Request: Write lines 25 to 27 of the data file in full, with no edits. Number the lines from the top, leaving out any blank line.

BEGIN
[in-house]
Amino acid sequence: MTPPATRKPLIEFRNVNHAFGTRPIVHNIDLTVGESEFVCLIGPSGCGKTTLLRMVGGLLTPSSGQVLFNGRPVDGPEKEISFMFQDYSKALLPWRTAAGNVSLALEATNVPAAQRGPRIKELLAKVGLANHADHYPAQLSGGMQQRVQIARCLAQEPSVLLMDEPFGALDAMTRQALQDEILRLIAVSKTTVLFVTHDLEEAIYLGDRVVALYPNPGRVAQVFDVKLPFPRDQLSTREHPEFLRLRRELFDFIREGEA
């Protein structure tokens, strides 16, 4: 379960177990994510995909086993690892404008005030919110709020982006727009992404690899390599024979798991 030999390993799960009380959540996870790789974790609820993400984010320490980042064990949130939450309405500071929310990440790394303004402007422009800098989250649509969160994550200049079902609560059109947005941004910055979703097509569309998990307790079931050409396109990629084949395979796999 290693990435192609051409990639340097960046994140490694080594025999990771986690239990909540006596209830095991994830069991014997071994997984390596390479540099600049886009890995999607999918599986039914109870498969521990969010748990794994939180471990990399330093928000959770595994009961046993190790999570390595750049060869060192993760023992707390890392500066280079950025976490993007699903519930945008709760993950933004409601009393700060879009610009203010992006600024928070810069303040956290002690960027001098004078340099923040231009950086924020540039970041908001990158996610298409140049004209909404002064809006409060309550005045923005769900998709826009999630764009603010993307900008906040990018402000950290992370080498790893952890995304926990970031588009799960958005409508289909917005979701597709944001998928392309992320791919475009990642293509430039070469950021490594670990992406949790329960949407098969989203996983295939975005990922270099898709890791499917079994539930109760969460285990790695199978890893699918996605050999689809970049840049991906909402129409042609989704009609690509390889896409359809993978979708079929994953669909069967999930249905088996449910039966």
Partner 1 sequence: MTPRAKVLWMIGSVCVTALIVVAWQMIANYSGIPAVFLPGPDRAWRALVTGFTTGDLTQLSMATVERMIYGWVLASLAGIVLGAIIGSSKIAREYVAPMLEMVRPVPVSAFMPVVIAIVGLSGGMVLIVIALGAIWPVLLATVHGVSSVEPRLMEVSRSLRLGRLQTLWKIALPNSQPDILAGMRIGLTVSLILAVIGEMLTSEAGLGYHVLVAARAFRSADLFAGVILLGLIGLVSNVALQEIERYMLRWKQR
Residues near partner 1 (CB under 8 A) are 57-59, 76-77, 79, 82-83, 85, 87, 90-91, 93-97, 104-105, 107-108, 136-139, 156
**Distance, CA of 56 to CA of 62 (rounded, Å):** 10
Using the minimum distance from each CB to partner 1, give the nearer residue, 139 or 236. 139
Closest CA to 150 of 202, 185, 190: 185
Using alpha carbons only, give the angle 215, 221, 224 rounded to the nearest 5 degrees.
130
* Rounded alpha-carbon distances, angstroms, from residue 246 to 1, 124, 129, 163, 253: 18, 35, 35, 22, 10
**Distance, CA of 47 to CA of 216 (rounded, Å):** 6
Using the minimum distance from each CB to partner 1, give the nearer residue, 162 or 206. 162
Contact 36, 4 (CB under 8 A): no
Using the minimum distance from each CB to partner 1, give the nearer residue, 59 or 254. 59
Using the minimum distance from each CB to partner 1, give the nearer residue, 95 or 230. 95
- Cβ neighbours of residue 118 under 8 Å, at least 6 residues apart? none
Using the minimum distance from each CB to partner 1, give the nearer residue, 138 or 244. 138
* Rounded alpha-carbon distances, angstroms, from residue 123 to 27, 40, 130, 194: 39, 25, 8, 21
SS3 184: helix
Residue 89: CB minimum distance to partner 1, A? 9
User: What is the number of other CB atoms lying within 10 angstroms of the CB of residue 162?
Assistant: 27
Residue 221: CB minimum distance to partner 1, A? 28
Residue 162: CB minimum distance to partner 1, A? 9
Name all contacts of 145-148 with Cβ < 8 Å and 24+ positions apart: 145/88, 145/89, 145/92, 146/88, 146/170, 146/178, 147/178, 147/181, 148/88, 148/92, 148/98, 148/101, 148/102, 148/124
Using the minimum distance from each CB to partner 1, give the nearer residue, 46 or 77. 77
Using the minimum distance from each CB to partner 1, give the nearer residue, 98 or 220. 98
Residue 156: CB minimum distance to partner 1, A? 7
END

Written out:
Residue 162: CB minimum distance to partner 1, A? 9
Name all contacts of 145-148 with Cβ < 8 Å and 24+ positions apart: 145/88, 145/89, 145/92, 146/88, 146/170, 146/178, 147/178, 147/181, 148/88, 148/92, 148/98, 148/101, 148/102, 148/124
Using the minimum distance from each CB to partner 1, give the nearer residue, 46 or 77. 77